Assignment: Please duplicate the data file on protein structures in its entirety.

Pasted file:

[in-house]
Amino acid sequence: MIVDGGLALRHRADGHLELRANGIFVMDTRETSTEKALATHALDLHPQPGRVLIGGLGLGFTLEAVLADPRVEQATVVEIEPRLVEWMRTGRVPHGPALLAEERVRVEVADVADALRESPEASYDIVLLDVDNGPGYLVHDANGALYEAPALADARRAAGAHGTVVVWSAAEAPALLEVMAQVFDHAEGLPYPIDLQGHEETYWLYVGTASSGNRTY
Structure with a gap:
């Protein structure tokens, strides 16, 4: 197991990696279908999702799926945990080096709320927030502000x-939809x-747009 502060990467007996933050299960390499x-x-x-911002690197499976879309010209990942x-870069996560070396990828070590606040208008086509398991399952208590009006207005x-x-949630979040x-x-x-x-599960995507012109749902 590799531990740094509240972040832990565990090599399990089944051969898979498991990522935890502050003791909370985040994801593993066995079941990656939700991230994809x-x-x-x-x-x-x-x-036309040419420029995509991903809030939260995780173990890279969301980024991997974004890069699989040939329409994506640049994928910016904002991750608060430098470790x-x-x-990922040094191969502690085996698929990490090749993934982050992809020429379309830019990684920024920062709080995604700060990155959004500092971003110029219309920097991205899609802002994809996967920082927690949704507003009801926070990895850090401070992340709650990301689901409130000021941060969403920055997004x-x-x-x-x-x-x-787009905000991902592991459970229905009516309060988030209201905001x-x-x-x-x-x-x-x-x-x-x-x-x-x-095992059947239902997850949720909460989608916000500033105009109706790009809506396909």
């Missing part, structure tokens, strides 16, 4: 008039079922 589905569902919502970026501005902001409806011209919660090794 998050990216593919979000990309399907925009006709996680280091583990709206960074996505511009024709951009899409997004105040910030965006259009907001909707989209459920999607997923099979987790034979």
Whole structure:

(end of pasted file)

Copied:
[in-house]
Amino acid sequence: MIVDGGLALRHRADGHLELRANGIFVMDTRETSTEKALATHALDLHPQPGRVLIGGLGLGFTLEAVLADPRVEQATVVEIEPRLVEWMRTGRVPHGPALLAEERVRVEVADVADALRESPEASYDIVLLDVDNGPGYLVHDANGALYEAPALADARRAAGAHGTVVVWSAAEAPALLEVMAQVFDHAEGLPYPIDLQGHEETYWLYVGTASSGNRTY
Structure with a gap:
């Protein structure tokens, strides 16, 4: 197991990696279908999702799926945990080096709320927030502000x-939809x-747009 502060990467007996933050299960390499x-x-x-911002690197499976879309010209990942x-870069996560070396990828070590606040208008086509398991399952208590009006207005x-x-949630979040x-x-x-x-599960995507012109749902 590799531990740094509240972040832990565990090599399990089944051969898979498991990522935890502050003791909370985040994801593993066995079941990656939700991230994809x-x-x-x-x-x-x-x-036309040419420029995509991903809030939260995780173990890279969301980024991997974004890069699989040939329409994506640049994928910016904002991750608060430098470790x-x-x-990922040094191969502690085996698929990490090749993934982050992809020429379309830019990684920024920062709080995604700060990155959004500092971003110029219309920097991205899609802002994809996967920082927690949704507003009801926070990895850090401070992340709650990301689901409130000021941060969403920055997004x-x-x-x-x-x-x-787009905000991902592991459970229905009516309060988030209201905001x-x-x-x-x-x-x-x-x-x-x-x-x-x-095992059947239902997850949720909460989608916000500033105009109706790009809506396909």
């Missing part, structure tokens, strides 16, 4: 008039079922 589905569902919502970026501005902001409806011209919660090794 998050990216593919979000990309399907925009006709996680280091583990709206960074996505511009024709951009899409997004105040910030965006259009907001909707989209459920999607997923099979987790034979």
Whole structure: